The Birth of Theo | Connecticut Birth Photographer
I realized I haven’t yet shared Theo’s birth story, initially I needed time to process before I wrote about it and shared, and I want to share it now. Please be aware, this birth story does include medical emergency and may be a trigger for some.
I met Debbie when she moved to my hometown in either freshman or sophomore year of high school. I sat in front of her in math class, and we instantly clicked. Throughout high school, throughout college, through moves and boyfriends and marriages, we stayed friends. No matter the time that went by, we picked up right where we left off as if no time had ever passed.
We even conquered pregnancy together. Her, pregnant with her first child, 5 months before me. She would give me pregnancy tips and tricks, what to expect, etc.
I remember her asking me to photograph her first birth, something I had never done before. I remember agreeing to it prior to my own pregnancy, and then COMPLETELY freaking out as her pregnancy neared an end, my own belly growing, fearful of what I would witness. The day finally came and she was induced.
I couldn’t sleep that night, excitedly waiting for the text message. At 6am it came, she was pushing! I jumped out of bed, chugged a glass of OJ, hopped in the car…….and I missed it. She had pushed her precious little girl in record time for a first time mama, and I had missed the big moment.
There I was, flooded with emotions, excited to see my best friend holding her sweet babe. I captured a few of their first moments, until my pregnancy/lack of adequate breakfast caught up to me and I almost passed out (not once, but TWICE) and was admitted in a room down the hall. It’s a funny story we still laugh about.
So when Deb told me she was pregnant again with her son (or “Chip” as we called him because we didn’t know he was a he!) I knew I was ready to document their birth story and wasn’t going to miss it this time. She was giving birth at Baystate Hospital, and I was going to head up there the moment she was admitted.
The time came, and Deb was induced yet again. This time I headed up to the hospital as soon as possible, anticipating this birth to be similar (or quicker!) than her last, which was just under 8 hours.
When I arrived she was doing great, having some back pressure from contractions, but otherwise feeling good. Hours later, things intensified and Deb was asked if she would like to have an epidural. Initially Deb had wanted a natural birth, but was completely fine with altering her birth plan and opted for the epidural.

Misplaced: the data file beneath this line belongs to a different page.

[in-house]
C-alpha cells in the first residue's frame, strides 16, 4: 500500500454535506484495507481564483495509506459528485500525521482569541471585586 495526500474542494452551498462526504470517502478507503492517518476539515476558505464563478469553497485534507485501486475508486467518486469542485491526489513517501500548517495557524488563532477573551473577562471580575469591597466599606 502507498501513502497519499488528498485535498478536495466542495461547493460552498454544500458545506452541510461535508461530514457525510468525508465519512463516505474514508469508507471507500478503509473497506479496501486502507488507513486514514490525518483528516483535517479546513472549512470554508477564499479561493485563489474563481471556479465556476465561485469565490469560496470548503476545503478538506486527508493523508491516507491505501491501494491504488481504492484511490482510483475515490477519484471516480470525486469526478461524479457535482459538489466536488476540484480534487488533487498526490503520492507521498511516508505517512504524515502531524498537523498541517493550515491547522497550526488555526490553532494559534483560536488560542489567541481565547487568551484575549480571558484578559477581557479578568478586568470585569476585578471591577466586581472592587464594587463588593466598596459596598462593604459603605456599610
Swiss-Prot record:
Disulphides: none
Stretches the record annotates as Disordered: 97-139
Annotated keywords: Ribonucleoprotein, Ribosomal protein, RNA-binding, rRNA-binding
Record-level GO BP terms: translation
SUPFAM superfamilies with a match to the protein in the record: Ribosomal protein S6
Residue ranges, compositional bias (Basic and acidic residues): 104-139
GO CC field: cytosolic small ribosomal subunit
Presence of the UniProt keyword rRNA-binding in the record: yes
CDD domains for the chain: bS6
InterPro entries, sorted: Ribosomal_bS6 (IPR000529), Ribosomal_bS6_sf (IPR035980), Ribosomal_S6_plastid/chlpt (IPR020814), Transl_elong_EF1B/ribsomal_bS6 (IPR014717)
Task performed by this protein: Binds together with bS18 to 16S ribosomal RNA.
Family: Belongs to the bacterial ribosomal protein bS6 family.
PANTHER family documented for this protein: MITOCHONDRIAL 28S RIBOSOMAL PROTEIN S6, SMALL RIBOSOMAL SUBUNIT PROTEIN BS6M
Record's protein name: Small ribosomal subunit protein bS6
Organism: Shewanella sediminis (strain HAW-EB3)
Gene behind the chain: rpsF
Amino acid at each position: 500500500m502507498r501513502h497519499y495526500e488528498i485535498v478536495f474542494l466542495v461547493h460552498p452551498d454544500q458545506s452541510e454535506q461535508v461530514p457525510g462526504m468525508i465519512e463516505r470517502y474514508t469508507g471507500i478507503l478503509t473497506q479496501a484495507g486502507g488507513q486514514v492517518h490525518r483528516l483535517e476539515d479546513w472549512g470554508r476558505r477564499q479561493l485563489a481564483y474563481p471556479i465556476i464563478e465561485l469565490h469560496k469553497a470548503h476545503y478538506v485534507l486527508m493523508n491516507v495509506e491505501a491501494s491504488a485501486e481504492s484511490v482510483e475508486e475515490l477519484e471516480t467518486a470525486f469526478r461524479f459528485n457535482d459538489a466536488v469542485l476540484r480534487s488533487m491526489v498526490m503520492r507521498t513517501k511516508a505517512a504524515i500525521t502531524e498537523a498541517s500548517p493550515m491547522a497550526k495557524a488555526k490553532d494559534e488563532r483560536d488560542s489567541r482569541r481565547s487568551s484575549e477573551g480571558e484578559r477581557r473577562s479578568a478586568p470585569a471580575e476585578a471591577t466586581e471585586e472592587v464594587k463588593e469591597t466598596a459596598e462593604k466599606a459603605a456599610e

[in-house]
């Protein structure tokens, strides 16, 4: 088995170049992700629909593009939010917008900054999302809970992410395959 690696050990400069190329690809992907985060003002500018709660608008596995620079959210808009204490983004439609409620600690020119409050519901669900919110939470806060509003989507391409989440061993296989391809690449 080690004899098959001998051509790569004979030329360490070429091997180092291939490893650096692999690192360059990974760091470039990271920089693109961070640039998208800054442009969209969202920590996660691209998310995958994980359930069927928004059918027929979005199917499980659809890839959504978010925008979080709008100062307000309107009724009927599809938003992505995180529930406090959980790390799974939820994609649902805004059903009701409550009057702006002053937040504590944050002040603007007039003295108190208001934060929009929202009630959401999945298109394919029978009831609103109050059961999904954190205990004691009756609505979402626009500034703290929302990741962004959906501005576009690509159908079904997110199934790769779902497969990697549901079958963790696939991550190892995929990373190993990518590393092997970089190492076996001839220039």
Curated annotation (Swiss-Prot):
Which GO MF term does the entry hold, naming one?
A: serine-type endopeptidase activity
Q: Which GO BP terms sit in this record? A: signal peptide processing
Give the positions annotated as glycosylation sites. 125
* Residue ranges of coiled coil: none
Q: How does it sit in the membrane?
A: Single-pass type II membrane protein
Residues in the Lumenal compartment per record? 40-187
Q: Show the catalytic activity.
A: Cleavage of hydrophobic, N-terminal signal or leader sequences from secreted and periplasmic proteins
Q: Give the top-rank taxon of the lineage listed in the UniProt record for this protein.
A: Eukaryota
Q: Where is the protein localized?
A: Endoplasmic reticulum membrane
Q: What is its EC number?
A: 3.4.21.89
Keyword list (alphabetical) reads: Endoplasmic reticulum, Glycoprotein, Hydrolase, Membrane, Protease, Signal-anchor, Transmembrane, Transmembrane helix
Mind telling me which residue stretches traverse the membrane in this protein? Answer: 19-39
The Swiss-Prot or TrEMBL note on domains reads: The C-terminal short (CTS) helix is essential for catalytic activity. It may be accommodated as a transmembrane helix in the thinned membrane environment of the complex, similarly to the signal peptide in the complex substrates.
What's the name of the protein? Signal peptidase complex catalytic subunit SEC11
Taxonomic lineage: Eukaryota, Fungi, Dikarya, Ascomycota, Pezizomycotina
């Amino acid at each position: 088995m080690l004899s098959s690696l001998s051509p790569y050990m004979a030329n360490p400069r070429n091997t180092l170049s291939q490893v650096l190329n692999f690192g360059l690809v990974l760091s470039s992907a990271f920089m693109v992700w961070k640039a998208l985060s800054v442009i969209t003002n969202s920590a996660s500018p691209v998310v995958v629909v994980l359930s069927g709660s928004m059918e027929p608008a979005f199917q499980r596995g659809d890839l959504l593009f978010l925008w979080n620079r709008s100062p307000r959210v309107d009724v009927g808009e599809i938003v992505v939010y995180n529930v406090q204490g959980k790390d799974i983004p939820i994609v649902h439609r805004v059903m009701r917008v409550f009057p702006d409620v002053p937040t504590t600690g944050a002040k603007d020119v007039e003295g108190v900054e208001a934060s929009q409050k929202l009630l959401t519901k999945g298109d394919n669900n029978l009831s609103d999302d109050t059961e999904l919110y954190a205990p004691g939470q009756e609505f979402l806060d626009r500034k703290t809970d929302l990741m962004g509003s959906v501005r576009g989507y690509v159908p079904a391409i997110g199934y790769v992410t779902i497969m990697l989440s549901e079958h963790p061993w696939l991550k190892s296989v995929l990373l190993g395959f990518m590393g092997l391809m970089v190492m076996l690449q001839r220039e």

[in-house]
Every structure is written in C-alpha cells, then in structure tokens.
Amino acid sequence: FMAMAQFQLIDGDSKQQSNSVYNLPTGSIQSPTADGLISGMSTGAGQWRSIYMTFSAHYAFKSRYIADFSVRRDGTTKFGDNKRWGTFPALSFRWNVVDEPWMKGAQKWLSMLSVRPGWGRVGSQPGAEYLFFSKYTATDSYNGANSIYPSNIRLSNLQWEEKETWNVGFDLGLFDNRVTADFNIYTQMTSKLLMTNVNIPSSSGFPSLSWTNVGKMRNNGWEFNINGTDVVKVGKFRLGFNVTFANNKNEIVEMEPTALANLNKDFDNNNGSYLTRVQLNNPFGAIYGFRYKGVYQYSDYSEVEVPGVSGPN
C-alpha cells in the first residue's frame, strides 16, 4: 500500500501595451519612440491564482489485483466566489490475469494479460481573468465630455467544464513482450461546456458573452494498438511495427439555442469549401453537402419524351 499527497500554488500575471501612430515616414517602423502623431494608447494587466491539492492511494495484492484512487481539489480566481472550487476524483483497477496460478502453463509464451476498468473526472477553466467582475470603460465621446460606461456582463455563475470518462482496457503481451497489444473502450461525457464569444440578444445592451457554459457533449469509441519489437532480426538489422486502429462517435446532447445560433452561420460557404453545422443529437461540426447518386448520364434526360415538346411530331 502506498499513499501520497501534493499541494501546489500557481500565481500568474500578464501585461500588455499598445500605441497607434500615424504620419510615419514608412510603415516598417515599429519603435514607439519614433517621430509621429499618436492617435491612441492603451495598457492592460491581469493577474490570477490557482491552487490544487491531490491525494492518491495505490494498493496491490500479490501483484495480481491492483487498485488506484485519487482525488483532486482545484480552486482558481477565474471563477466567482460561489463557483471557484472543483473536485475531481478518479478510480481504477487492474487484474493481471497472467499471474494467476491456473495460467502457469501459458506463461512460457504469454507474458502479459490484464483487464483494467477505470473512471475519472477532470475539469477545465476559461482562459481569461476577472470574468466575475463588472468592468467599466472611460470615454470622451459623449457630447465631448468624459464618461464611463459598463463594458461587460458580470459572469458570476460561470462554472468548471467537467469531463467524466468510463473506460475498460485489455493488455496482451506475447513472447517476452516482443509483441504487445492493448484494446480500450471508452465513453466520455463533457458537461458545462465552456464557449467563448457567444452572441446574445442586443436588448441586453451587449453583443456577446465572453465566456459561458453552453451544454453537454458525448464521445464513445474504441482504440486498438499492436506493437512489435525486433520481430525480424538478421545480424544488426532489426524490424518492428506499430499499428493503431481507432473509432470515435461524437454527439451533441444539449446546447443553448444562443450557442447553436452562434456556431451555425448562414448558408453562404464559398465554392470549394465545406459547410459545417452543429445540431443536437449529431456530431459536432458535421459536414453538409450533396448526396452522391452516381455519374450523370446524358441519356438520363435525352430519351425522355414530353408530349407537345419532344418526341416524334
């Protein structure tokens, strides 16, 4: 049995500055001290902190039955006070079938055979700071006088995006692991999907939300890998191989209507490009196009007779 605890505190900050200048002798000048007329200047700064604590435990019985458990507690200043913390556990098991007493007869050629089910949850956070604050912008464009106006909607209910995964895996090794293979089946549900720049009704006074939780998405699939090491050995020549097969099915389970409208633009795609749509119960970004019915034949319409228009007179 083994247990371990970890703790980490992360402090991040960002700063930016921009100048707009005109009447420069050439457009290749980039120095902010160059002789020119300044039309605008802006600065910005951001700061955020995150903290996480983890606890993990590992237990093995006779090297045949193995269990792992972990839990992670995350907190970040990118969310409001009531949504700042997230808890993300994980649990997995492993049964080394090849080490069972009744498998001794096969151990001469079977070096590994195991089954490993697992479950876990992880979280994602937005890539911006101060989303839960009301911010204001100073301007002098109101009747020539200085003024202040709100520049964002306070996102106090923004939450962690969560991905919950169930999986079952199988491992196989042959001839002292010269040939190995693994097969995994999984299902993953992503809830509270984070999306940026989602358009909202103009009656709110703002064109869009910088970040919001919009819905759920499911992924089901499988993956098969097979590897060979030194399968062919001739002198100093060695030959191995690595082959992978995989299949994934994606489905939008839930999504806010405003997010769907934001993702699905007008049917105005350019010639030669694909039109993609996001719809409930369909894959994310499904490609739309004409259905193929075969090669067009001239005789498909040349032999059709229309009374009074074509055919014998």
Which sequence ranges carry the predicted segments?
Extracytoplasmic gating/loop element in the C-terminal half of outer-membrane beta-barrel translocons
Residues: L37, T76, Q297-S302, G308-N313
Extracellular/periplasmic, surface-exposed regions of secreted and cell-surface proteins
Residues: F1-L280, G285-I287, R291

I remember leaving the room and standing outside. I remember feeling time passing by, feeling like it was taking a long time. I remember beginning to feel nervous, to want to know what was happening with my dear friend.
I was allowed finally back into the room, and she was laying in the bed, contractions still coming fiercely.
As her contractions intensified, she was moaning in discomfort, and I remember thinking to myself, “I don’t think the epidural isn’t working”, and it wasn’t. After 8 attempts to place it, it wasn’t infused correctly and wasn’t alleviating her discomfort. At this point she had asked her nurse if anything could be done, and they called the anesthesiologist back in. Her epidural would need to be re-positioned, and Deb was ready to cry. My heart swelled in my throat, knowing this was a part of her birth she did not want, that was definitely not in her plan. As she contracted and moaned painfully, her husband and I tried to encourage her and help her, as best we could.
She neared transition, attempting every position to find comfort and bring her baby lower. She began pushing, and as her sweet baby’s head emerged, dad ready to catch, it was evident baby was suffering from shoulder dystocia, when the baby’s shoulder gets stuck in the birth canal.
A few moments later (which felt like centuries), baby was free and placed quickly on Deb’s chest; but only for a moment. He was whisked away, his body a shade of purple and limp. I will never forget my best friends wide eyes as she thought the worst for her sweet little baby boy. Or her husband standing over her, looking her in the face telling her everything was going to be OK.
Finally, we heard the sound we all were waiting for; her sweet baby boy’s first cry.
That’s when we all broke down. Never had a sound been so beautiful.
I sat down on the couch next to her husband, and both of us just sat, processing what had just happened and holding space for one another.
Once he was stabilized, he was placed on Deb’s chest again and he began to nurse.
But the hard part still wasn’t over yet; Deb had to go through a long and intense repair, as she was hemorrhaging and their priority was to stop the bleeding. I remember standing over Deb to comfort her, while she grimaced and cried out from the pain of it all. I remember it feeling like forever, my mind continuing to say “is this over yet?” feeling helpless and upset for my dear friend and her pain. Eventually repair was complete, and everyone left the room but us.
I remember seeing the emotion and relief on Deb’s face as we all just sat quietly, contemplating what had just happened. Physically everyone was ok, emotionally, not so much.
This birth was completely different than with their first. It was not what they had planned for, it was not exactly the experience they had hoped for, a definitely an experience that will stay with all of us forever.
Now, just about 8 months later, baby Theo is thriving beautifully, and mama and the fam are doing just fine <3